History in all its forms is more popular wadays than ever. History programmes on television can attract audiences in the millions, as do top heritage sites, while growing numbers of people pursue family and local history and join historical re-enactment societies. A bestselling history book can wadays outsell a popular vel, something almost unimaginable fifty years ago. Who are the men and women who have helped make the past of such absorbing interest to the present, and how have they done so? In his stimulating anthology of essays about the life and work of some of our leading historians, Daniel Swman provides a vivid snapshot of history and historians in our new century. Included in Historians are: Jeremy Black, John Brewer, Asa Briggs, Peter Burke, David Cannadine, Linda Colley, Norman Davies, Natalie Zemon Davis, Christopher Dyer, Richard J. Evans, Niall Ferguson, Felipe Fernandez-Armesto, Orlando Figes, Eric Foner, Roy Foster, Antonia Fraser, Eric Hobsbawm, Geoffrey Hosking, Lisa Jardine, John Keegan, Ian Kershaw, John Morrill, Laurence Rees, Lyndal Roper, Simon Schama, Peter Stansky, David Starkey, Theodore Zeldin.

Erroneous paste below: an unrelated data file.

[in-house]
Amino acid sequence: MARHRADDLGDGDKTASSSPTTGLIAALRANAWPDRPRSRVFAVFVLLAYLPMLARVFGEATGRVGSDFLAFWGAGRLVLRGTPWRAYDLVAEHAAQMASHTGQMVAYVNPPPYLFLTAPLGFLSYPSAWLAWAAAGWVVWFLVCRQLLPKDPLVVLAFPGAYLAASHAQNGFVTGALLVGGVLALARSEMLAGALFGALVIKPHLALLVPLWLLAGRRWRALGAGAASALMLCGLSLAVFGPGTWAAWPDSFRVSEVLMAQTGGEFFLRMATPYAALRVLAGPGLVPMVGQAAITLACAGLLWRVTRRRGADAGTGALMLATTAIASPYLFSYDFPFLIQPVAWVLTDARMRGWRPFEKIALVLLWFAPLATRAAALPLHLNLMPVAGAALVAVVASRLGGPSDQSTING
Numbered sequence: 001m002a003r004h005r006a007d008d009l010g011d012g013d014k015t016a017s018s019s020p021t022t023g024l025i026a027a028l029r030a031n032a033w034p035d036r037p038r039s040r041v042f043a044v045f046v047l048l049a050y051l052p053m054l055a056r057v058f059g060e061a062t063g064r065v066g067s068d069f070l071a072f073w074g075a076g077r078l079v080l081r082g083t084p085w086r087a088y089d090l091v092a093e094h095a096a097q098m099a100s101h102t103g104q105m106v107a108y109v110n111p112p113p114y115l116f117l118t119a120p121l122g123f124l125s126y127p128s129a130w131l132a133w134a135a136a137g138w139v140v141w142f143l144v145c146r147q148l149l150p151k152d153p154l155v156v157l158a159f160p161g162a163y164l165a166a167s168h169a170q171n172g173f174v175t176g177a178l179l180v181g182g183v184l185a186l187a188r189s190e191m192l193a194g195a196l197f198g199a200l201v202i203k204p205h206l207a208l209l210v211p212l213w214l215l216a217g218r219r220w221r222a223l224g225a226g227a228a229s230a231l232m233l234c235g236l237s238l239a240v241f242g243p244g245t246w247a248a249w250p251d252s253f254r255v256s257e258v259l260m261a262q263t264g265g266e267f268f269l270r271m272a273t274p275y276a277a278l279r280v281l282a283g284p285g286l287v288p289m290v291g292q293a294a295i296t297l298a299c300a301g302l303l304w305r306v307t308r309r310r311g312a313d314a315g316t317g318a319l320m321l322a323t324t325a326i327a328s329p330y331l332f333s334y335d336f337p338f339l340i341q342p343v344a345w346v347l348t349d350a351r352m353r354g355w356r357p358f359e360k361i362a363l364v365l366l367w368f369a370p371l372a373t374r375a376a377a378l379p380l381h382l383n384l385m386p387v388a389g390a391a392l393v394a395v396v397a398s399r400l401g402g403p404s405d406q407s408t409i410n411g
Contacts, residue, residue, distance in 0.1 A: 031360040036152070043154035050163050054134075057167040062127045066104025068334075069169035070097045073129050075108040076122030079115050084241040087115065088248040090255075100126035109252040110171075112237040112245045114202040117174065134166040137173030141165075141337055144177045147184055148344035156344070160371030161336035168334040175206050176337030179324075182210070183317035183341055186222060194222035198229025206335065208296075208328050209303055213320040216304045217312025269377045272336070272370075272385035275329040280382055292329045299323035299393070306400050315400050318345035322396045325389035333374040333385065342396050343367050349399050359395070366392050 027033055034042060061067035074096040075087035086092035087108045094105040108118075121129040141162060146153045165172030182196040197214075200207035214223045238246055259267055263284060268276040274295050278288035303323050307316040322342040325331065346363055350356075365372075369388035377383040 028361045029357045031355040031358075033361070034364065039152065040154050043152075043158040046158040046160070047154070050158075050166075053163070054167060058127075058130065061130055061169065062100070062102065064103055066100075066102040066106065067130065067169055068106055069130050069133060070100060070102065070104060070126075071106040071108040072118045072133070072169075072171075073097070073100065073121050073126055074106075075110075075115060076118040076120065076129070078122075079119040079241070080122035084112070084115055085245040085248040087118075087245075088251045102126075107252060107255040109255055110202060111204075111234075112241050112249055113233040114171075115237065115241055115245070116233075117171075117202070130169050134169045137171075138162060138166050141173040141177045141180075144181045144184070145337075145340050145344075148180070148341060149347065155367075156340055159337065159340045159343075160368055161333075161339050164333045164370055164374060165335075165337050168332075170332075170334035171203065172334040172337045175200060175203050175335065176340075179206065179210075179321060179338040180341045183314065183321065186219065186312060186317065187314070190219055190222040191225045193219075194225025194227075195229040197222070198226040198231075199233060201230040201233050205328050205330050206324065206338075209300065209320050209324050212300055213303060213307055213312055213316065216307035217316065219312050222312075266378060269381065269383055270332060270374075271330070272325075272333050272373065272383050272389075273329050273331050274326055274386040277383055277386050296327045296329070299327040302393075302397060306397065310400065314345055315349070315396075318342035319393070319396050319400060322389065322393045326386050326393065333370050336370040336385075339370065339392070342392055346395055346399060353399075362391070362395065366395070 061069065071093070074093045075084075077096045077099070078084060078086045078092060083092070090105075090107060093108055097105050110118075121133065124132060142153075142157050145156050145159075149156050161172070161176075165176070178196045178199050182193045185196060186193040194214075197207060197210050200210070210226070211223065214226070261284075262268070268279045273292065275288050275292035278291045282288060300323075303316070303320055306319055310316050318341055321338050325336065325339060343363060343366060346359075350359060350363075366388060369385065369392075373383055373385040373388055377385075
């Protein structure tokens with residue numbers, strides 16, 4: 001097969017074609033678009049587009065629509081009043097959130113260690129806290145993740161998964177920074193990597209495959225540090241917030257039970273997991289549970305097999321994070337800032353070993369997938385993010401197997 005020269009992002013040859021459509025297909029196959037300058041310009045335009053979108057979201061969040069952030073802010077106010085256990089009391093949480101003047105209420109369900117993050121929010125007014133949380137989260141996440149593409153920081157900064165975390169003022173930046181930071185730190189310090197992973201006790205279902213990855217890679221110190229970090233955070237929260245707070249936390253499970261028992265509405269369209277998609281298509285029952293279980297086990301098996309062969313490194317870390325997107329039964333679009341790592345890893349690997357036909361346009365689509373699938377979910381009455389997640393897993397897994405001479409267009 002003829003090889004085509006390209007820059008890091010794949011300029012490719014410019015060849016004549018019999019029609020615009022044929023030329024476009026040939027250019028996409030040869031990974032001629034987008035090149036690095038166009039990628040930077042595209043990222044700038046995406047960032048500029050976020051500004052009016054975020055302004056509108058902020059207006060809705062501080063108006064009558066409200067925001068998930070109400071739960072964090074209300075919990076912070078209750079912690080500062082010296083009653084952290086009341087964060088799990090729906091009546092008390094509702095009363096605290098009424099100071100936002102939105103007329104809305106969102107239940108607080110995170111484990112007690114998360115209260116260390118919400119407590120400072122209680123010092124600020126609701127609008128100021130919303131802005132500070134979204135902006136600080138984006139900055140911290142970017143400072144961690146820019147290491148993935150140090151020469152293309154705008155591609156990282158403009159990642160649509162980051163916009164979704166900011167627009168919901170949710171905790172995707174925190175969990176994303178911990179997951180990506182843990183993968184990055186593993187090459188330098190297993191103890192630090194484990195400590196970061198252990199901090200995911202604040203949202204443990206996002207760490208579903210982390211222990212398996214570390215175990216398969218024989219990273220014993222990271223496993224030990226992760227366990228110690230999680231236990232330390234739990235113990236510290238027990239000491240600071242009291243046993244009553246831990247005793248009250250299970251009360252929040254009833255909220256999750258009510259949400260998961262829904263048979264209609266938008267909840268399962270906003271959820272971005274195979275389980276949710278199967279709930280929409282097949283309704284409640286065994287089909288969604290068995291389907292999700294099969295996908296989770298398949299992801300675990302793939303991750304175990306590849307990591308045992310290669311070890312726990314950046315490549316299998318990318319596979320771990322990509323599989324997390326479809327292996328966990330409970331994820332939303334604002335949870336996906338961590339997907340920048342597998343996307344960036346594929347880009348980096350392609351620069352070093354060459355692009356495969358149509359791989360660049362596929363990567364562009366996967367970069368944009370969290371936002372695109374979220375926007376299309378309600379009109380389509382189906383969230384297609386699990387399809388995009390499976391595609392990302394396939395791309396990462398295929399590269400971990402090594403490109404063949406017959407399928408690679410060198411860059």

Daniel Snowman is Senior Research Fellow at the Institute of Historical Research, University of London, UK. Educated at Cambridge and Cornell, he was a Lecturer at Sussex University and went on to work for the BBC as Chief Producer, Features (Radio). His books have tended to cross conventional historiographical boundaries, from Kissing Cousins (1977), a comparative study of British and American social attitudes and values, to The Hitler Emigres (2002), which examined the cultural impact of refugees from Nazism. The Gilded Stage: A Social History of Opera (2009) was a pioneering attempt to place the history of opera in its widest historical perspective.